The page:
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Dylan's Story

On the evening of 6th August 2012, Dylan was riding his motorcycle home from Lechlade, when he had a collision with another vehicle and suffered catastrophic injuries due to the impact.

Dylan Jones was always sporty. From football to rugby, cricket to golf and swimming, Dylan was active. He also ran, but never more than 10km.

So for him to run ten half marathons after suffering traumatic life-threatening injuries in a road traffic collision – whilst raising £100,000 for Wiltshire Air Ambulance in the process – is truly inspirational!

In August 2012 Dylan, then 18, was looking forward to starting a sports coaching apprenticeship, but his life changed when he suffered catastrophic injuries while driving his motorcycle home to Lechlade, Gloucestershire.

Dylan was hit by an uninsured drunk driver and the seriousness of his injuries led to Wiltshire Air Ambulance being called. Back then Wiltshire Air Ambulance was one of only a few air ambulances that flew at night.

The paramedics, along with a doctor, spent a considerable amount of time treating Dylan on the roadside giving him every chance of survival. After stabilising him he was airlifted to the John Radcliffe Hospital, Oxford, in under 10 minutes, and underwent a 12-hour operation.

Dylan’s injuries included a broken neck, internal bleeding, two broken arms, a broken ankle and completely severed trachea and oesophagus.

While he was recovering in hospital Dylan and his dad, Chris, talked about creating a challenge and they set themselves the target of running the Oxford Half Marathon the following autumn.

 

A determined effort

Dylan, of Kempsford, Gloucestershire, says: “I was very sporty before my accident, but running the length of a half marathon was something I had never done or even thought about.

“Learning to walk again was first on my to do list, but I was so excited to take on this challenge and we couldn’t think of a better way to start our fundraising for Wiltshire Air Ambulance to show how grateful we all were for everything they did.”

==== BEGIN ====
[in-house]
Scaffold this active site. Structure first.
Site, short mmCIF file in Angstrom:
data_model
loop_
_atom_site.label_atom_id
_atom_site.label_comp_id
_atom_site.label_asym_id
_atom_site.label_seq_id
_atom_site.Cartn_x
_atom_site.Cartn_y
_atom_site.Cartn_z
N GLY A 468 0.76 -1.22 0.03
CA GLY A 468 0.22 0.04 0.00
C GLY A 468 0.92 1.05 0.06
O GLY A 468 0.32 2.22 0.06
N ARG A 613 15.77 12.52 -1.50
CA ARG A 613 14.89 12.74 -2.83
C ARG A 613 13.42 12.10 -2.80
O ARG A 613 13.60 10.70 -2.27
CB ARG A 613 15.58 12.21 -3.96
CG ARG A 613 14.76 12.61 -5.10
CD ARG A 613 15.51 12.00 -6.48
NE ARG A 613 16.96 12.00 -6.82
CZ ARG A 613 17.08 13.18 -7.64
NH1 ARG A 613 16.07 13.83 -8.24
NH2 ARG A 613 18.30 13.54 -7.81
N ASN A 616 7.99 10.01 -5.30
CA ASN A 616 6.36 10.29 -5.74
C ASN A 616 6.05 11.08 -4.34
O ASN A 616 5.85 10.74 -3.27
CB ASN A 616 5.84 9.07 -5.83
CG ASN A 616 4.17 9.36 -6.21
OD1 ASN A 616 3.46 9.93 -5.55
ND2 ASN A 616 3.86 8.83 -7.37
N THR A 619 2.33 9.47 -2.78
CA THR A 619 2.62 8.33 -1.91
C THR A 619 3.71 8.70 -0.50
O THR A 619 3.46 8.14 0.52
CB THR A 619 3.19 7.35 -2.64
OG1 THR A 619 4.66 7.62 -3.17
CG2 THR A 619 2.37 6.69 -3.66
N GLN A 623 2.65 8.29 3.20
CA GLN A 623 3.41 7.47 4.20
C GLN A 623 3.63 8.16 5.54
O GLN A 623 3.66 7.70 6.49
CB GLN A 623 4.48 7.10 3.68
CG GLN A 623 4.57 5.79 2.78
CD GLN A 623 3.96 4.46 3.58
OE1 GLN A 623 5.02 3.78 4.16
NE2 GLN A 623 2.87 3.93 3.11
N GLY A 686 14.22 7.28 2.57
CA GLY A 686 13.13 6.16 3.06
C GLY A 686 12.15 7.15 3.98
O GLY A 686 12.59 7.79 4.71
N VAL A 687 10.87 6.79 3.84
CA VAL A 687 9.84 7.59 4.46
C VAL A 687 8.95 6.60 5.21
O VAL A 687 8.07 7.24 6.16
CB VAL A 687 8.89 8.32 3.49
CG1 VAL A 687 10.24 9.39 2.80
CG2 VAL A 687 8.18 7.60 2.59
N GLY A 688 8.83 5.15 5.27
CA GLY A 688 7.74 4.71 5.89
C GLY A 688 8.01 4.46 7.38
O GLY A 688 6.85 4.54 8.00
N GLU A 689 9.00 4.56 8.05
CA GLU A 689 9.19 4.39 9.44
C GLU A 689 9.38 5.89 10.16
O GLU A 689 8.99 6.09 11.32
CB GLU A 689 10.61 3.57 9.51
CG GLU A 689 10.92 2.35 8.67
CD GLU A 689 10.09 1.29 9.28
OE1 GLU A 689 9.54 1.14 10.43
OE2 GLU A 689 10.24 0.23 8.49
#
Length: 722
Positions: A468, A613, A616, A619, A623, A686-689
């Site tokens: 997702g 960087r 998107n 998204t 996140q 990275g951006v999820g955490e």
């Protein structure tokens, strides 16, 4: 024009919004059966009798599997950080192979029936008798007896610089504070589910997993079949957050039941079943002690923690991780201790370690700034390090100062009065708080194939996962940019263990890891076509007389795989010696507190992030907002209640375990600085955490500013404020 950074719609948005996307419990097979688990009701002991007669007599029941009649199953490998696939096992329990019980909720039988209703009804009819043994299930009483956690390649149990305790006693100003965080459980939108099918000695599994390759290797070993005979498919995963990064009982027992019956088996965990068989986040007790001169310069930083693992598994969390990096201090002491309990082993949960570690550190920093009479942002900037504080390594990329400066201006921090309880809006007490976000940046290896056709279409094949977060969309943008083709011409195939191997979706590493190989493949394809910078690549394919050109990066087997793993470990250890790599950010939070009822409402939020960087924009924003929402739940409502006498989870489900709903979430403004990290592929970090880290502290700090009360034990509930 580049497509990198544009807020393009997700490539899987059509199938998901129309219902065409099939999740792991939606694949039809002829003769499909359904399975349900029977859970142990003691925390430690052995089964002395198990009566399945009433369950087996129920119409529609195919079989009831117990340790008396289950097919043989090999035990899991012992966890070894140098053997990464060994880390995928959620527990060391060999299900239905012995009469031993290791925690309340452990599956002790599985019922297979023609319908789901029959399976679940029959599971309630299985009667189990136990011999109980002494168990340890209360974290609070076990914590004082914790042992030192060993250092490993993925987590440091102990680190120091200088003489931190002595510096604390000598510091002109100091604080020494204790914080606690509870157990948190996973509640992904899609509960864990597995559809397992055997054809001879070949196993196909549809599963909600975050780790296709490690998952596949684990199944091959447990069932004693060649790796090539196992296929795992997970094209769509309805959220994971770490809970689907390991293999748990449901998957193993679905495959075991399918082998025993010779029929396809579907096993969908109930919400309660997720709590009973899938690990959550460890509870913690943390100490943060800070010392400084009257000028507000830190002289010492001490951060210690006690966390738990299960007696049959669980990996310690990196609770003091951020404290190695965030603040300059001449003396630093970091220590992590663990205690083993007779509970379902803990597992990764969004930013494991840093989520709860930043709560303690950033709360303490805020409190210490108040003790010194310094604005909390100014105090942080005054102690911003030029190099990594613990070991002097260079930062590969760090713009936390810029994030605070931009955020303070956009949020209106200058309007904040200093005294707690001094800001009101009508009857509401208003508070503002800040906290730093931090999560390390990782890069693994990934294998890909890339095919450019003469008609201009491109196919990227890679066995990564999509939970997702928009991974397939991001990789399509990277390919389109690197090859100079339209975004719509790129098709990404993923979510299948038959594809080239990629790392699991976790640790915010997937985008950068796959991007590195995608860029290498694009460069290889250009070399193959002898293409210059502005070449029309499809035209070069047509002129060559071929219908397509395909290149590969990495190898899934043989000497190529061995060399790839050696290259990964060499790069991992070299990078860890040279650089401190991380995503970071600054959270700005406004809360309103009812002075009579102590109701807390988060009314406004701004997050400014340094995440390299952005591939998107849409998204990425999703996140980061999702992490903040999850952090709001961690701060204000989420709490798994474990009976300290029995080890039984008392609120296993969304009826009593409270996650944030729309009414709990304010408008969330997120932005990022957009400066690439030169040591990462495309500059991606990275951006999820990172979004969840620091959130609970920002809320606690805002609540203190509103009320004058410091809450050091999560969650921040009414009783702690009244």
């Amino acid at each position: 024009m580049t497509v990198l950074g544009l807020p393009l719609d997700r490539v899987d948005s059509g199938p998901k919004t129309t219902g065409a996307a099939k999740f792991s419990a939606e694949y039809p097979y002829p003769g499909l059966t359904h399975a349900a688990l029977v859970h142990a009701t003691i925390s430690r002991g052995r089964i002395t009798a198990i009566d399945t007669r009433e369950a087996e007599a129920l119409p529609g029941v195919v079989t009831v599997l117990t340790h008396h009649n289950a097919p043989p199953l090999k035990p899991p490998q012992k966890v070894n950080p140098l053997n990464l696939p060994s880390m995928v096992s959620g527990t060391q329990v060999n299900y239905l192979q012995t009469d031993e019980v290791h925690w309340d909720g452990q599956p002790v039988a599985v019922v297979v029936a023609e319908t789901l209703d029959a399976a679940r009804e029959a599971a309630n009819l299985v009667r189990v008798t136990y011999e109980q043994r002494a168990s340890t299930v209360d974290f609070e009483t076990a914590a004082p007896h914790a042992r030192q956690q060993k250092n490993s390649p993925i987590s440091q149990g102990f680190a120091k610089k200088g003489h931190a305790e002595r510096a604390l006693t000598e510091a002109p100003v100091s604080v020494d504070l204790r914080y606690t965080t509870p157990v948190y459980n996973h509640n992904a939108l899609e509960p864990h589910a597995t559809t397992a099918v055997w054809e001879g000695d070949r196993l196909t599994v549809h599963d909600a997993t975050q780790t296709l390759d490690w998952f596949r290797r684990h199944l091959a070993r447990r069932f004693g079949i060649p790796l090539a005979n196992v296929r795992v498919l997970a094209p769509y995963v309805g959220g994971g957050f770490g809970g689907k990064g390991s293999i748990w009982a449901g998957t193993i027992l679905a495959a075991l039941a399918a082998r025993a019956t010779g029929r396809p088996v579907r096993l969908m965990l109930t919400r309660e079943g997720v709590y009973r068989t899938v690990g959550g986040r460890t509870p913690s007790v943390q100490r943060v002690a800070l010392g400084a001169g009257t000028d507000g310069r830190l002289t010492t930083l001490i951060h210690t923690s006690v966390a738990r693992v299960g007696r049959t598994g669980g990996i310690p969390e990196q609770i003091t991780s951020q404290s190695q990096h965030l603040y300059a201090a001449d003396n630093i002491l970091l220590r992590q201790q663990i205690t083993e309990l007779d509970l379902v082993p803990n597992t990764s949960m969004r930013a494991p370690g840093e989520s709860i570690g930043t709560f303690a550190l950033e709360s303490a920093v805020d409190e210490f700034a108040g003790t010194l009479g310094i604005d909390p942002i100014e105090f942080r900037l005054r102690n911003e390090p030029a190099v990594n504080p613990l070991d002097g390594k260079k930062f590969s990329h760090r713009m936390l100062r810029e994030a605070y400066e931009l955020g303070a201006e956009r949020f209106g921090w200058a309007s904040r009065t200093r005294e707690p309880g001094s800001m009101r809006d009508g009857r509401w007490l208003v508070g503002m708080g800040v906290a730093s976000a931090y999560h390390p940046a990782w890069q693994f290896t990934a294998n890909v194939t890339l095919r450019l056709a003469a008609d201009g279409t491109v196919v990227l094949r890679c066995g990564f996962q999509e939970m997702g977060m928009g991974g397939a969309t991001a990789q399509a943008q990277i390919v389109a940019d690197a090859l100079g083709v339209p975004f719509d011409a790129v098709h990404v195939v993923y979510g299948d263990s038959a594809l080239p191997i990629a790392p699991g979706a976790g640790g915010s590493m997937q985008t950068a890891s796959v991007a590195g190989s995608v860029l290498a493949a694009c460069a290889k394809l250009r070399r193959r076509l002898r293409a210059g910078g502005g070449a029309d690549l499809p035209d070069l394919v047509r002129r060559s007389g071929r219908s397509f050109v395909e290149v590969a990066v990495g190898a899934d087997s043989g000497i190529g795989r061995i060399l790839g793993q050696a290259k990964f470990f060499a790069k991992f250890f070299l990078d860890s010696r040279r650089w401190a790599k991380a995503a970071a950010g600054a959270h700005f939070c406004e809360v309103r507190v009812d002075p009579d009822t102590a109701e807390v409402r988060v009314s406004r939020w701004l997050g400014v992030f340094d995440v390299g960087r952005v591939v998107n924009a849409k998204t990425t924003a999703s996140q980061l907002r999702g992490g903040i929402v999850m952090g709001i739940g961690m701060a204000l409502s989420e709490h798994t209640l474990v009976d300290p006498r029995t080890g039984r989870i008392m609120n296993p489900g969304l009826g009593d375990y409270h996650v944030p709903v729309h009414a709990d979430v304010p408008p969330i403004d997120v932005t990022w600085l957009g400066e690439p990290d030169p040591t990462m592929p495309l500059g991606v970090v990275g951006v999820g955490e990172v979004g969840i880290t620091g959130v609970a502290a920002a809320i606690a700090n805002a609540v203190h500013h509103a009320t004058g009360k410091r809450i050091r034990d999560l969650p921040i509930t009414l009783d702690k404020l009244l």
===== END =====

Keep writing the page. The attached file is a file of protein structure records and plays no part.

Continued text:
Fourteen months after his accident Dylan, together with 70 friends and family members, completed the Oxford Half Marathon.

“Everyone completed it and it was one of the most challenging and emotional days I’ve ever experienced,” he adds.

Since then Dylan has run the Oxford half and Bath half marathons, with family and friends, and completed his 10thhalf marathon at Oxford in October 2018. He ran it wearing a helicopter costume!

Dylan says: “Crossing the finish line was, as always, so emotional, but I had a huge smile on my face. I felt incredibly proud of myself knowing that it was my tenth half marathon completed.

“None of the half marathons were easy and I will always find running harder than I did before my accident. What got me through them and recovering from my injuries was positive thinking.”

Dylan, who works as a teaching assistant and sports coach, has undergone eight major operations and may need more in the future. His right shoulder suffered a lot of nerve damage in the accident, which has led to severe weakness in his arm, and there are two fragments of glass from the accident embedded in his spine. His doctors say it is safer to leave the glass in but review the situation regularly.

The phenomenal fundraising by Dylan, his family and friends, for Wiltshire Air Ambulance from thesehalf marathons amounts to £100,000, which has enabled the helicopter and crew to continue saving lives.

For Dylan, fundraising for Wiltshire Air Ambulance is a way for him to say thank you.

“Wiltshire Air Ambulance holds a massive place in my life, along with my whole family. Without the skills of the paramedics and the speed of the helicopter, both arriving at the scene and airlifting me to hospital, I wouldn’t be alive.

“It’s very easy to go through life and not understand the true importance of things, so by running half marathons we have not only fundraised but also created a bigger and better understanding of Wiltshire Air Ambulance – therefore creating more opportunities for others to fundraise, meaning more lives are saved, “ he says.

 

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